“I don’t want no headstone on my grave,” Jerry Lee Lewis informed us from his undisturbed piano bench on stage at the Ryman, October 4th. “I deserve a monument!” He was still toying with the keys, and had just finished wailing the bluesy Charlie Rich song “Don’t Put No Headstone on My Grave,” as he’s […]
Americana music organized itself as this millennium approached. Over fourteen years later, the general sense of where its musical core lies (even with living, evolving outer borders), is better understood than ever before by anyone who cares to understand. Partly a format (see: Chart), nearly a genre, certainly a lively arena, maybe it’s not yet […]
The cliché about musical sons of the Deep South (believed in most fervently of all by some sons of the place themselves) is that the true Southern Man, a child of nature with peat moss and mustard greens between his toes, does not and will not discombobulate himself with such encumbrances as complicated philosophical thought […]
Country music, the whole popular roots music arena, in fact, has demanded give-and-take self-negotiations about what to hold onto, what to let go, how to find a balance between them and how to present the result, from its beginnings to this day. This summer seems to me to be proving a heady time for shows, […]
It’s easy, with the perpetual slow-trickle arrival of new country songs, singles and stars, to become fixated on the brand new and of-the-moment—as some publications, writers and fans do. Yet some level of recognizable continuity has been a basic element of the music from its beginnings. In country music, themes and sounds and performers are […]
Spring a year ago I was talking here about the impressive, risk-taking country releases coming from some (then) lesser-known female sources—Ashley Monroe, Kacey Musgraves, and the as-yet nearly unheard Brandy Clark, for three—while wondering in public whether there were guys lurking out there somewhere with the motivation and talent to take some similar sorts of […]
Events and releases have conspired to put the Carter Family front and center for me through this past month. It’s not the iconic, commonly sentimentalized version of them that’s been brought into fresh focus, though—the domesticated diamonds in the rough, forever simple, down home in their Clinch Mountain “fold”— but the sometimes complicated, breathing, talented […]
Last column, I alerted you to the new Shanachie DVD release You Are There, since released, which puts some of the hard-to-find and legitimately collected filmed performances of traditionalist country artists such as the Louvin Brothers and Sam & Kirk McGee on one disc. Those performances were culled from the 92 half hours of what […]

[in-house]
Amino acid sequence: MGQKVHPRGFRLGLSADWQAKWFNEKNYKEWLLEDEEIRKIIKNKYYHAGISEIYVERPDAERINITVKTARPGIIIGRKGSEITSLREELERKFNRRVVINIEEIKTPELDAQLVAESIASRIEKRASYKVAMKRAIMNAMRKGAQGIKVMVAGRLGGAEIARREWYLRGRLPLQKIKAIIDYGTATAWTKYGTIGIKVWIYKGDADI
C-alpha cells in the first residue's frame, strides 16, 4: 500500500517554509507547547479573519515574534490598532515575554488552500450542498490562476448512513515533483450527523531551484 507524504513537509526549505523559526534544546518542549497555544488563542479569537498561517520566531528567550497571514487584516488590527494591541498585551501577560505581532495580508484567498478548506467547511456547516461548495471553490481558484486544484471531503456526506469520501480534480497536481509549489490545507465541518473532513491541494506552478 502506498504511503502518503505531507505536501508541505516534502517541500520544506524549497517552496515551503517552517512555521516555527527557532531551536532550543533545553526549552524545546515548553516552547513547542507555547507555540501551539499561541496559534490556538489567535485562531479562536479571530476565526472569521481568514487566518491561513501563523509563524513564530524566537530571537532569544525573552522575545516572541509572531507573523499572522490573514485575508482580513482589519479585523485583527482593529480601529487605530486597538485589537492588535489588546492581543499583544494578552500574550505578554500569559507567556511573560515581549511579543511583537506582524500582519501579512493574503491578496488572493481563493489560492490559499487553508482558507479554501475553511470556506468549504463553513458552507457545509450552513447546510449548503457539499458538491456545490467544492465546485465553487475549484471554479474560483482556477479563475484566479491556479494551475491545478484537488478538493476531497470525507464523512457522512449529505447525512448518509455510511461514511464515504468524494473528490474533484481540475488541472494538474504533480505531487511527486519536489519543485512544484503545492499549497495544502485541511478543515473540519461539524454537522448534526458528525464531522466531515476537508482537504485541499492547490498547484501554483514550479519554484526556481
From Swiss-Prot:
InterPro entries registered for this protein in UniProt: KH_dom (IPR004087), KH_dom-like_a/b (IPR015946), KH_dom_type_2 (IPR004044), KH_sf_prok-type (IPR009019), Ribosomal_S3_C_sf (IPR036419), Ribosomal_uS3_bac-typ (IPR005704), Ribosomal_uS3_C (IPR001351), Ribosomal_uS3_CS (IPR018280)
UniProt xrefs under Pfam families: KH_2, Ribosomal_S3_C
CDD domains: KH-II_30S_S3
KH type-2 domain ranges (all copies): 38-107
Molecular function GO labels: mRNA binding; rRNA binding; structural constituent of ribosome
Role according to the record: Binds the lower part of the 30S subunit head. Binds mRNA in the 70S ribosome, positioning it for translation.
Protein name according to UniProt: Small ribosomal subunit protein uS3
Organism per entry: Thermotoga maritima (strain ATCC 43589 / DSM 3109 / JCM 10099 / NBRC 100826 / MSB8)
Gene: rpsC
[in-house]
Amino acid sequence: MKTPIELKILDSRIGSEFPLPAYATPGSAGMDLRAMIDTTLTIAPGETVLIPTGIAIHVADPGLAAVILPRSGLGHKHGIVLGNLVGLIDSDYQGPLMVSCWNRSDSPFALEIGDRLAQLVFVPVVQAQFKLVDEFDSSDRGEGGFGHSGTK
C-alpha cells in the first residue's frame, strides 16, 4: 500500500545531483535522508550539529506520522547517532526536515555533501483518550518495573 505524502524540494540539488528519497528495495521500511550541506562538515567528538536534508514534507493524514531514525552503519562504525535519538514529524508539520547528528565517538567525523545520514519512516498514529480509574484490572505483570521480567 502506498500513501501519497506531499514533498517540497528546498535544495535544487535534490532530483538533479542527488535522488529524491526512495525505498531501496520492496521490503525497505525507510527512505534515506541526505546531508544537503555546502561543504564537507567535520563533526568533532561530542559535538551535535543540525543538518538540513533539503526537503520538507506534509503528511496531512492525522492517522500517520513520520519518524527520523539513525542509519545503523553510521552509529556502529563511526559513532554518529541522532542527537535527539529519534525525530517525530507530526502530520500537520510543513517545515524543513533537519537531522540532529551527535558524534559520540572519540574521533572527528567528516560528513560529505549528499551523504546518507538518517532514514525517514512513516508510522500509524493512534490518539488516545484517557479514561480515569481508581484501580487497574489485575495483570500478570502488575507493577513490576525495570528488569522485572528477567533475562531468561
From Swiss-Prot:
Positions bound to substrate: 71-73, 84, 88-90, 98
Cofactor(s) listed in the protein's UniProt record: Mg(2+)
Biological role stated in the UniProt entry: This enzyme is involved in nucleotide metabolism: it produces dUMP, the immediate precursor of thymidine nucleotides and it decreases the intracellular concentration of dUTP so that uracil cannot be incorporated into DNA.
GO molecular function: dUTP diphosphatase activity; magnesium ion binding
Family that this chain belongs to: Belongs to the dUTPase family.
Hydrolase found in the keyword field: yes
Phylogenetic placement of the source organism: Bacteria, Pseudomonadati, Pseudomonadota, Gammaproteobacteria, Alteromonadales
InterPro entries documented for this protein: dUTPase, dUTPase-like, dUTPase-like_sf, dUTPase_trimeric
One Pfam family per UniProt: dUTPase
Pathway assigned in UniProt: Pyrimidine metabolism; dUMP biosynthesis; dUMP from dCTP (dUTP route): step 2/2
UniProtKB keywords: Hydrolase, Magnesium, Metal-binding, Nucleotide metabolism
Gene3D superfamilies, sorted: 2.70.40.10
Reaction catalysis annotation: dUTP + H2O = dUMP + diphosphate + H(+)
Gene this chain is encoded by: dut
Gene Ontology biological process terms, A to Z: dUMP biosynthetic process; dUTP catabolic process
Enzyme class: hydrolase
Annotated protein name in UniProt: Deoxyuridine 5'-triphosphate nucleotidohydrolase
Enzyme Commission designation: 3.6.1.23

I’ve got a slew of very worthwhile new roots music material to bring to your attention in this catch-up column, some recently released and some just about to come out, and I’ll just get right at it, by the batch: African-American women really mixing it up This is one ripe season for provocative, engaging new […]
When you’re in the middle of a lively, exciting music scene, it tends to seem natural, inevitable, and bound to last. And then time happens. The scene and the music it thrived around evolve or fade away; what was exciting about them, how they seemed to matter, and, eventually, what they even were become points […]
- Leeann Ward: Sheesh, Paul, that's a random/strange dig!
- Jack Williams: After reading that New Yorker article, I canceled my pre-order of the Basement Tapes box set. I love Bob …
- Leeann Ward: Wow! How terrible for Dixie Hall and Tom.
- Ken Morton, Jr.: Another twisted collection of songs to put into the Friday Five Hall of Fame, Juli.
- Arlene: I'd have included "Omie Wise." Doc Watson's is the version I'm familiar with but I think it's been recorded by …
- luckyoldsun: I think the number one country murder ballad is "Frankie and Johnny"--by Jimmie. Also, how about "Delia's Gone" from Harry Belafonte …
- Juli Thanki: Colloquial use of "fantastic" as a synonym for "excellent" dates back to the 1930s. And if it's good enough for …
- Paul W Dennis: I think "Banks of The Ohio", "Miller's Cave" and "It's Nothing to Me" are far creepier than several of the …
- Paul W Dennis: The Hight article is interesting, although I don't know that I would describe it as fantastic, but then I know …
- Dana M: I'm actually excited to hear a new Reba album. As for the Alan Jackson tour, I hope he announces Canadian …